Tesco wins right to market Price Promise after Sainsbury's challenge fails

Tesco: allowed to continue Price Promise scheme after ASA ruling
Tesco: allowed to continue Price Promise scheme after ASA ruling

Tesco can continue marketing its 'Price Promise' scheme after a complaint by Sainsbury's questioning the validity of comparing own-brand products was dismissed by the Advertising Standards Authority.

The Price Promise is being hailed by Tesco as a "disruptive innovation" in a ruling it claims will transform the supermarket sector in a similar manner to the way consumers are now able to "compare loans, credit cards and insurance products simply, fairly and quickly".

Sainsbury’s objected to a regional press ad for Tesco’s Price Promise featuring branded products including Colman’s Mustard and own-label and fresh food, including an aubergine and a pint of milk, claiming they were not comparable.

Issues including provenance and ethics were highlighted by Sainsbury’s as a major factor in a consumer’s purchasing decision and therefore this meant similar own-label or fresh food products sold by different retailers could not be compared on a like-for-like basis based on price alone.

The ASA decided the comparisons made in Tesco’s Price Promise ad were justified, after acknowledging there would be differences in animal welfare and country of origin for ingredients, It revealed it was satisfied Tesco had taken those elements into account when matching products, "based on them meeting the same need".

Determining factor

Tesco claimed non-price elements should only be taken into account when comparing products when they were the determining factor in the consumer buying the product.

As a result, it argued products containing British and Irish ingredients did not have to be matched with competitor products of the same provenance.

Tesco also claimed Fairtrade certifications were not a major factor in a customer’s decision to buy a product, even when the retailer has taken a decision to stock only Fairtrade products.

Sainsbury’s pointed to another Tesco ad published on 3 March, that claimed all its fresh chickens were from UK farms, as proof that Tesco admitted the importance of an ingredient’s provenance when customers were making a purchase decision.

However, Tesco successfully argued to the ASA that the 3 March ad was not about focusing on its ingredients’ provenance, but was instead an attempt to highlight its commitment to a better supply chain, following the horsemeat scandal.

In response to the decision, Sainsbury’s has launched a national ad campaign entitled "Same price, different values", that seeks to defend the "customers’ right to make fair comparisons based on all important characteristics of a product and not just price".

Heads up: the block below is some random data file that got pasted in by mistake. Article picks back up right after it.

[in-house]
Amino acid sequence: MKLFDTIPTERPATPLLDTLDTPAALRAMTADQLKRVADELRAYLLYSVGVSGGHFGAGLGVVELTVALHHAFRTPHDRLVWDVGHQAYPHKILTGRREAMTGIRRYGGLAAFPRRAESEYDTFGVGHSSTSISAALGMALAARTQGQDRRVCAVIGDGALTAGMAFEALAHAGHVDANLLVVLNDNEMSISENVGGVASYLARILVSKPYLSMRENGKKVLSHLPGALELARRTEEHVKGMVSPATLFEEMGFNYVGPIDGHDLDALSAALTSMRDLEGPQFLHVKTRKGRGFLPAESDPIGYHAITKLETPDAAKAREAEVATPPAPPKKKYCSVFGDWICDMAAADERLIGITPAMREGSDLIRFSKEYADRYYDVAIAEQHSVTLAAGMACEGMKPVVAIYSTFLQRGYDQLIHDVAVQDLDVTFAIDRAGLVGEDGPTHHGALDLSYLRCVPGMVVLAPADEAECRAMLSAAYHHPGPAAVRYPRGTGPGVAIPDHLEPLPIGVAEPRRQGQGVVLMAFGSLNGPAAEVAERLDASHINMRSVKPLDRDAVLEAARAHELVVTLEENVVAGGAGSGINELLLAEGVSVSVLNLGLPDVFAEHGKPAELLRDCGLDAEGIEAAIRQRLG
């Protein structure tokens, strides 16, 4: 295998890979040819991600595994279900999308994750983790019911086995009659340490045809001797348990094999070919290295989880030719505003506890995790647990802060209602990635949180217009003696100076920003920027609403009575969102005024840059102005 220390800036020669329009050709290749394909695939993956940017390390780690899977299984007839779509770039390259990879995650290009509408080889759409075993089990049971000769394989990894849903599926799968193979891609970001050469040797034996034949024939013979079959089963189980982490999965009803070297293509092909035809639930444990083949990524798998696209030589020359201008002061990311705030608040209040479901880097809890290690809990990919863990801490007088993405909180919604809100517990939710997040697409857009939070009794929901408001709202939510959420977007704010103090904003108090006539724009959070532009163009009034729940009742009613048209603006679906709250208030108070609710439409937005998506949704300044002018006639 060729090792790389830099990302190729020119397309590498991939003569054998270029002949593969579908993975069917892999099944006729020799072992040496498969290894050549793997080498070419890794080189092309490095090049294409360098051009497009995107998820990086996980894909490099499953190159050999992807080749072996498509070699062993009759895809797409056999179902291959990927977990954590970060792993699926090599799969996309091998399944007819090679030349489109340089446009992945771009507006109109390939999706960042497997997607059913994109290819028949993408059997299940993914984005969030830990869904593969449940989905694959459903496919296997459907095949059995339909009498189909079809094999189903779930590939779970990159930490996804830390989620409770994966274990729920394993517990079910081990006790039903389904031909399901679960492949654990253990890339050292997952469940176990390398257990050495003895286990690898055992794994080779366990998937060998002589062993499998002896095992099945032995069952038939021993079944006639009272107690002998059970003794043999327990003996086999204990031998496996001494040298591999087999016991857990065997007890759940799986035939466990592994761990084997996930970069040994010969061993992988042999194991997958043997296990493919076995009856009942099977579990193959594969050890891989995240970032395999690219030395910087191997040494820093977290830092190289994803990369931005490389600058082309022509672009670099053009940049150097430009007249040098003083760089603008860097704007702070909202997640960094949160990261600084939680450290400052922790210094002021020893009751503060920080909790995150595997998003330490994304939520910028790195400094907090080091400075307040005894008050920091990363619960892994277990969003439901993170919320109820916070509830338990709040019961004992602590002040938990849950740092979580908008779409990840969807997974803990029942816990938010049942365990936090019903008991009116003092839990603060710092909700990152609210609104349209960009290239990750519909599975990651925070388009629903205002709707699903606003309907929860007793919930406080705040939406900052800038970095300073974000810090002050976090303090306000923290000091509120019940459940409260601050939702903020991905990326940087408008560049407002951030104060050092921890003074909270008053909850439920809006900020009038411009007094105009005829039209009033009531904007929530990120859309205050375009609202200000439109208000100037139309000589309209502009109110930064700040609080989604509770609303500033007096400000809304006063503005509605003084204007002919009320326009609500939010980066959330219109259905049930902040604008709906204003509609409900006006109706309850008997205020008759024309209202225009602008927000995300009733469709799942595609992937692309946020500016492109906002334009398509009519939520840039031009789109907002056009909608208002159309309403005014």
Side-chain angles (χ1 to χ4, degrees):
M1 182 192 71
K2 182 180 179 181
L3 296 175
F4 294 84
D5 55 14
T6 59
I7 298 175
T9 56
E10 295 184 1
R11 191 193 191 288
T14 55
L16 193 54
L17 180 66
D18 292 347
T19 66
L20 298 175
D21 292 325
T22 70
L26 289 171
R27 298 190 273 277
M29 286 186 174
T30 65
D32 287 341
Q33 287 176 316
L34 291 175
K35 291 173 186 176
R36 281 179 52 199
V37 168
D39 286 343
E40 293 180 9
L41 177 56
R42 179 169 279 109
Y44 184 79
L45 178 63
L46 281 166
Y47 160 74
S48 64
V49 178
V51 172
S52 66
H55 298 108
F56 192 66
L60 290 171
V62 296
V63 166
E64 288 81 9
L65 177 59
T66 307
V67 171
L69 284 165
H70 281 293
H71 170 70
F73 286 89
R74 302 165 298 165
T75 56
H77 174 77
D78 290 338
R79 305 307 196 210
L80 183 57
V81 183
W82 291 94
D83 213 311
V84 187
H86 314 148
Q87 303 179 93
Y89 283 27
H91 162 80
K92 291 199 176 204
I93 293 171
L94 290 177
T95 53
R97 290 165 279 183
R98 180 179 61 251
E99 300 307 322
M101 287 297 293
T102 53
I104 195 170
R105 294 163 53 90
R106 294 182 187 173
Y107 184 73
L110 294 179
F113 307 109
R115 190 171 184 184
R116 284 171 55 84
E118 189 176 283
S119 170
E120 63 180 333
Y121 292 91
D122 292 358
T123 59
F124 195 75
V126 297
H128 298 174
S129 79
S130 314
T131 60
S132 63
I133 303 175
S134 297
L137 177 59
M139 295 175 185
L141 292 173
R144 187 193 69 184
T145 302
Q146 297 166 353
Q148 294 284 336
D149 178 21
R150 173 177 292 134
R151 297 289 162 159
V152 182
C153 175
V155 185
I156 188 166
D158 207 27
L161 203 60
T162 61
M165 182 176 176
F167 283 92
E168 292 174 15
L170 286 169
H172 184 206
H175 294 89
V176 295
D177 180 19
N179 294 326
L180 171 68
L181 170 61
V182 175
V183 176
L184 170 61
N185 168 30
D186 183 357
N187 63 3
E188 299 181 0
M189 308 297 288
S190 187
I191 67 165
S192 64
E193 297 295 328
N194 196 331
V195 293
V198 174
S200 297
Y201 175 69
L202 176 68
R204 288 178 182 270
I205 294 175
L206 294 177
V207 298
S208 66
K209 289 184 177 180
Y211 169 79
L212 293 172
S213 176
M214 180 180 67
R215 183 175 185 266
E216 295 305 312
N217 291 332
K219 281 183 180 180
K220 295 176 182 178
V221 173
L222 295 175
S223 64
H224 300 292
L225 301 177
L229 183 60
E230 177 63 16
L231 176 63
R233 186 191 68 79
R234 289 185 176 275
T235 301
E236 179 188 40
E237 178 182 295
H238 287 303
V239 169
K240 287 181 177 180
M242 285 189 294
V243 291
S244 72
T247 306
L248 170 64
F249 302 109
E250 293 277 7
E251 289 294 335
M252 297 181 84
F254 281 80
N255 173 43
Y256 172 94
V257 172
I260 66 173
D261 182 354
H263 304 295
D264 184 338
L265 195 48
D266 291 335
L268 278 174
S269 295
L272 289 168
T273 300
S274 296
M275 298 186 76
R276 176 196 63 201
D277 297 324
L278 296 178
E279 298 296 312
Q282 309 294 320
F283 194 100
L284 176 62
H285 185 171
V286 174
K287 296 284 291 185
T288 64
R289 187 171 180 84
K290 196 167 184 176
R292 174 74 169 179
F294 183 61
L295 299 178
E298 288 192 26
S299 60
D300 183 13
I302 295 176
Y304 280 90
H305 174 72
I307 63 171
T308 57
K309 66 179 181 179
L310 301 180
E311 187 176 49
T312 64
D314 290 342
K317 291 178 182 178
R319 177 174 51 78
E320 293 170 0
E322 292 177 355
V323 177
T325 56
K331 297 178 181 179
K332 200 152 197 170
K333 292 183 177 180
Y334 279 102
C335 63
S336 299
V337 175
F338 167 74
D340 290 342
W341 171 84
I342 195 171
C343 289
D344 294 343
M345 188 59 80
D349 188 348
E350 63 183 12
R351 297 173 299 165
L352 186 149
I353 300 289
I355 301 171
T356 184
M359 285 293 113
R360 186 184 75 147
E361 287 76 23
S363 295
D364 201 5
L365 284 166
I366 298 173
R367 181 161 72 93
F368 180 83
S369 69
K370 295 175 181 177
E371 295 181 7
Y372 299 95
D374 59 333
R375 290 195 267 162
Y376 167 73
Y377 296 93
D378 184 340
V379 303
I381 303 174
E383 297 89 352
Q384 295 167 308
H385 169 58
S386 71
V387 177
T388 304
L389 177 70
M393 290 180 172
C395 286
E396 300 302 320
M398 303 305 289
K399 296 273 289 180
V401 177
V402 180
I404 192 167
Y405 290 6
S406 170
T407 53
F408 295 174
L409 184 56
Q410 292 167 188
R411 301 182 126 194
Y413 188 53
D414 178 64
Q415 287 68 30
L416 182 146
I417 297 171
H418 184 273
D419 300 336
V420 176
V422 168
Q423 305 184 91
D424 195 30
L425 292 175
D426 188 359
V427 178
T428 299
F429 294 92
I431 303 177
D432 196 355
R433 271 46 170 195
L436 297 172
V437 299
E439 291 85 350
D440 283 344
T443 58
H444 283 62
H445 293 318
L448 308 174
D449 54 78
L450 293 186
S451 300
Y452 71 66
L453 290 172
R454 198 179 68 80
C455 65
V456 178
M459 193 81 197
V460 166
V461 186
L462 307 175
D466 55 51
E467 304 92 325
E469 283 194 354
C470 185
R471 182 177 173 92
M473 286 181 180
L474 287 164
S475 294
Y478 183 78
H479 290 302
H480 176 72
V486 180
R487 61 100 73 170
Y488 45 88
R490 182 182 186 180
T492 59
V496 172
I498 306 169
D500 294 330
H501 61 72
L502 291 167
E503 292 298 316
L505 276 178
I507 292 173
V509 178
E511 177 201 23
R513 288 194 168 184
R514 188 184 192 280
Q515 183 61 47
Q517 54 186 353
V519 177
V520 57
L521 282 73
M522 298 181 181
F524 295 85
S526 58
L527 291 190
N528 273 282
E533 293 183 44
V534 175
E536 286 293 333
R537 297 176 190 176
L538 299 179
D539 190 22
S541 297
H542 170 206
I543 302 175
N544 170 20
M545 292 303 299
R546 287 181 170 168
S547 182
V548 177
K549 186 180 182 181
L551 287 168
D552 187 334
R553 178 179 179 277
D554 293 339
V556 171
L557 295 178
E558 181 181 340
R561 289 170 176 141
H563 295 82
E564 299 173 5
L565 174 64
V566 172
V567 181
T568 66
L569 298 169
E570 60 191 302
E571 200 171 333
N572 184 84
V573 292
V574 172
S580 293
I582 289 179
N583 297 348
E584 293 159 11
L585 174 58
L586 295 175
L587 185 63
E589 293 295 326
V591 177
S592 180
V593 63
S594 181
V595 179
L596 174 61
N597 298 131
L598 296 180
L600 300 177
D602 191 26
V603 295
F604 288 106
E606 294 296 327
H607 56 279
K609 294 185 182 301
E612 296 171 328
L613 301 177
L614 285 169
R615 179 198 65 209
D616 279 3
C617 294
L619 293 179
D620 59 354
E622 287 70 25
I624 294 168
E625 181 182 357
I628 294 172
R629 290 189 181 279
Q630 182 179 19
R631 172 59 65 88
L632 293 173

Before commenting please read our rules for commenting on articles.

If you see a comment you find offensive, you can flag it as inappropriate. In the top right-hand corner of an individual comment, you will see 'flag as inappropriate'. Clicking this prompts us to review the comment. For further information see our rules for commenting on articles.

comments powered by Disqus
Brand Republic Jobs

subscribe now


John Lewis walks consumers through its history to celebrate 150 years of business
Waitrose boosts content strategy with 'Weekend Kitchen with Waitrose' C4 tie-up
Hottest virals: Cute puppies star in Pedigree ad, plus Idris Elba and Fruyo
Amnesty International burns candles to illuminate new hope
Toyota achieves the impossible by calming angry Roman drivers
Tom of Finland's 'homoerotic' drawings made into stamps
YouTube reveals user habits to appeal to 'older' marketers
Ex-M&S marketing chief Steven Sharp consulting at WPP
Wolff Olins reveals new CEO after Apple poaches Karl Heiselman
Glasgow offers £30,000 prize to best digital idea for 2014 Commonwealth Games
Google's revenues surge but shares drop as it grapples with transition to mobile
Facebook beats Twitter to most 'marketing friendly' social media site crown, says DMA
Fableists believe children like Finn should be outdoors enjoying life
Homebase, Baileys and Camelot join the line-up at Media360
MasterCard renews Rugby World Cup sponsorship to push cashless message
Lynx unleashes £9m 'Peace invasion' campaign
Social Brands 100 Youth: Pizza Hut most social youth brand in UK
Cheryl Cole is wild and arresting in new L'Oreal work
Morrisons told not to show alcohol ads during YouTube nursery rhymes
O2 head of brand Shadi Halliwell departs after 23 years at company in restructure
Tesco hit by further sales decline as it turns to digital Clubcard and social network
Branding guru Wally Olins dies aged 83
Duracell short film captures epic Transatlantic voyage
Ash runs Tinder experiment to show smokers are less desirable to opposite sex
British Airways teams up with Gerry Cottle Jnr for summer of rooftop film screenings
Arklu says 'girls can be superheroes too' with doll design competition
Coke enters squash market with Oasis Mighty Drops
Virgin Galactic signs up Land Rover as space flight sponsor
Motorola marketer Andrew Morley departs as Google gears up for sale to Lenovo
US Airways apologises after tweeting obscene image at a customer